[ mag-nif-uh-suhns ]
/ mægˈnɪf ə səns /


the quality or state of being magnificent; splendor; grandeur; sublimity: the magnificence of snow-covered mountains; the magnificence of his achievements.
impressiveness of surroundings: the magnificence of Versailles.

Nearby words

  1. magnetron,
  2. magni-,
  3. magnific,
  4. magnificat,
  5. magnification,
  6. magnificent,
  7. magnificently,
  8. magnifico,
  9. magnifier,
  10. magnify

Origin of magnificence

1300–50; Middle English < Latin magnificentia, equivalent to magnificent- magnificent + -ia -y3; see -ence Unabridged Based on the Random House Unabridged Dictionary, © Random House, Inc. 2019

Examples from the Web for magnificence

British Dictionary definitions for magnificence


/ (mæɡˈnɪfɪsəns) /


the quality of being magnificent

Word Origin for magnificence

C14: via French from Latin magnificentia

Collins English Dictionary - Complete & Unabridged 2012 Digital Edition © William Collins Sons & Co. Ltd. 1979, 1986 © HarperCollins Publishers 1998, 2000, 2003, 2005, 2006, 2007, 2009, 2012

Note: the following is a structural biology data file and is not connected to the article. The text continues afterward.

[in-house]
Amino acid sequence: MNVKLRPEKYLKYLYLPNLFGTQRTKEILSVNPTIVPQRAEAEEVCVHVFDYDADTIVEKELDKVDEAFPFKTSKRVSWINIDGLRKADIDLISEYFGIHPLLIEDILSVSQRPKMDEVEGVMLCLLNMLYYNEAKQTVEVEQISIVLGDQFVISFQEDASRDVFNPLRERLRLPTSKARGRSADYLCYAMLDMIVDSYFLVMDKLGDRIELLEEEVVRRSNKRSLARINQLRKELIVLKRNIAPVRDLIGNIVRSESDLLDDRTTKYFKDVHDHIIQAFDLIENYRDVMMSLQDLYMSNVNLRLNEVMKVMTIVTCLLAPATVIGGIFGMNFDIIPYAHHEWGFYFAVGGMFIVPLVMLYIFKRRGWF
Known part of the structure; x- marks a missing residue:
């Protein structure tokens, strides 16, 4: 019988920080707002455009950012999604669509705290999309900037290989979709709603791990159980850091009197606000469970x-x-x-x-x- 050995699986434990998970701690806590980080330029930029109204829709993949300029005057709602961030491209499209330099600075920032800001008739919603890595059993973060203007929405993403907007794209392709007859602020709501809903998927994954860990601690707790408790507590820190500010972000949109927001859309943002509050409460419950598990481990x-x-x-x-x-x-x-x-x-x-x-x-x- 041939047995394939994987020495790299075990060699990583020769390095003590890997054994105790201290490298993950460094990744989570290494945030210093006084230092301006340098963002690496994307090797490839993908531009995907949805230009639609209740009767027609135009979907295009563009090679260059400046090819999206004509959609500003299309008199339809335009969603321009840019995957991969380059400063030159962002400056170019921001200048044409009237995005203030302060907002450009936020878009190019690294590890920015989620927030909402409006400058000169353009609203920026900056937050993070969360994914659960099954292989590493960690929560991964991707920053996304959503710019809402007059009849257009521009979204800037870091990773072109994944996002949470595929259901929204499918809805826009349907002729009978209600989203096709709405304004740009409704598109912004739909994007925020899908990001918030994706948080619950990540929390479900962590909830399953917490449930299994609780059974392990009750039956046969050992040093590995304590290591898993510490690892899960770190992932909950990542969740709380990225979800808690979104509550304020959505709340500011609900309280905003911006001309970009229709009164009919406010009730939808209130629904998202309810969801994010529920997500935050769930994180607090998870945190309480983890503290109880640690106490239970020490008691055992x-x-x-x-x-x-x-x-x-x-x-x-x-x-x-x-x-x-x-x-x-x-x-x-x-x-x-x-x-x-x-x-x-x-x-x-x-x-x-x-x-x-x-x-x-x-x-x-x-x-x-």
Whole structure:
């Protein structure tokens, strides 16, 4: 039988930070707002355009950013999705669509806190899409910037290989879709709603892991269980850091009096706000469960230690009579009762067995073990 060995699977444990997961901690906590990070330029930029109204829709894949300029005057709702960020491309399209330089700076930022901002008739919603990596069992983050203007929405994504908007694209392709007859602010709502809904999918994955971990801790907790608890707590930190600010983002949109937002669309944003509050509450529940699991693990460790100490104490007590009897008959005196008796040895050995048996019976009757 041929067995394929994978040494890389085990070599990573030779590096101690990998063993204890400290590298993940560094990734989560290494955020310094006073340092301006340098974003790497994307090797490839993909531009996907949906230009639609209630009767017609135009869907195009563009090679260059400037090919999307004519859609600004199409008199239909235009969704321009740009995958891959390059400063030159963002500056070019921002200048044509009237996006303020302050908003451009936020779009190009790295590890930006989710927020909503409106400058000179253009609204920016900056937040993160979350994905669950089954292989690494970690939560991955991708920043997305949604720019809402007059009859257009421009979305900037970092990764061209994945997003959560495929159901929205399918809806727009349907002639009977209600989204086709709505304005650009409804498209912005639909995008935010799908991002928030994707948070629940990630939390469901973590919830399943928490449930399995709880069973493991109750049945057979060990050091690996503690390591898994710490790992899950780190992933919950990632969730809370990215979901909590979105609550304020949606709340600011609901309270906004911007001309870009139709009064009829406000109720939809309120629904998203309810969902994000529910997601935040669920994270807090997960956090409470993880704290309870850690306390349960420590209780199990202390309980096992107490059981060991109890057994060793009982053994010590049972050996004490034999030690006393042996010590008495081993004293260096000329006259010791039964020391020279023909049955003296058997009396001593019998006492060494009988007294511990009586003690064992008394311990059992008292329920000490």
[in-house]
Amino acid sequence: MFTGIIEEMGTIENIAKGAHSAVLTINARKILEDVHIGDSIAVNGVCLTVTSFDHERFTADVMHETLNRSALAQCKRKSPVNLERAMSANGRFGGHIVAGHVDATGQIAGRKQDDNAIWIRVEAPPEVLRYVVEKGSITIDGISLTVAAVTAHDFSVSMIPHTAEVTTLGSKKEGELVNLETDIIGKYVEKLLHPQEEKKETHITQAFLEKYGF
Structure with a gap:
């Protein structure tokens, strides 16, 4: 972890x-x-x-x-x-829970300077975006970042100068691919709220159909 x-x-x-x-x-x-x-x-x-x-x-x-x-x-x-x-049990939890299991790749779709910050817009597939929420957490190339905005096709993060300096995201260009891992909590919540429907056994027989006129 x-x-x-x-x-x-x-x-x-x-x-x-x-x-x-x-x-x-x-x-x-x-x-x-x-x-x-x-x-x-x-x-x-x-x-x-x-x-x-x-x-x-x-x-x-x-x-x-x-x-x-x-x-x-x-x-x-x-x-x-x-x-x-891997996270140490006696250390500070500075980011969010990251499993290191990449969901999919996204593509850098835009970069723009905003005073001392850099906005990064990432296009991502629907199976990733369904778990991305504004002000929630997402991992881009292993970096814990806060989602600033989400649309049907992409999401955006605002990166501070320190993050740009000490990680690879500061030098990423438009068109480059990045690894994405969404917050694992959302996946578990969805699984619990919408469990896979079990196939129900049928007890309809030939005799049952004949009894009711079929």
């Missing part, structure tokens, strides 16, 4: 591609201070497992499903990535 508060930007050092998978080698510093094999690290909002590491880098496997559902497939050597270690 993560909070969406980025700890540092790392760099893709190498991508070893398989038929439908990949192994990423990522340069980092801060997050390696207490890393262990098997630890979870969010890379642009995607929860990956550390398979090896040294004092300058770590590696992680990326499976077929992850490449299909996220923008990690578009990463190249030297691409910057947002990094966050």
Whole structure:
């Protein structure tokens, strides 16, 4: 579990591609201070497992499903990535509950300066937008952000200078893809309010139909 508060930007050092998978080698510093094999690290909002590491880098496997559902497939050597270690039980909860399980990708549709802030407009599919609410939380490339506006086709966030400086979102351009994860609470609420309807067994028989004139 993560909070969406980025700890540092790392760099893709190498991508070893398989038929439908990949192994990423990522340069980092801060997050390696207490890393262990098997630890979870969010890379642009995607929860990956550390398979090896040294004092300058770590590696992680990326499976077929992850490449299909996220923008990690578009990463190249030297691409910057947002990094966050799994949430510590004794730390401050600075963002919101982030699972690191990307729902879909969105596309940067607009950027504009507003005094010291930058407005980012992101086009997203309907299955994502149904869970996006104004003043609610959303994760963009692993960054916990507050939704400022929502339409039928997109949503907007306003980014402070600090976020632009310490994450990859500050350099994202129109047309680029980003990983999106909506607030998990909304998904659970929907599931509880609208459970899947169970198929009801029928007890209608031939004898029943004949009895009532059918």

Word Origin and History for magnificence



mid-14c., "great-mindedness, courage," from Old French magnificence "splendor, nobility, grandeur," from Latin magnificentia "splendor, munificence," from stem of magnificus "great, elevated, noble, eminent," also "splendid, rich, fine, costly," literally "doing great deeds," from magnus "great" (see magnate) + root of facere "to make" (see factitious). Meaning "greatness, grandeur, glory" in English is from late 14c. That of "beauty, splendor, wealth" is 15c. As one of the Aristotelian and scholastic virtues, it translates Greek megaloprepeia "liberality of expenditure combined with good taste."

Online Etymology Dictionary, © 2010 Douglas Harper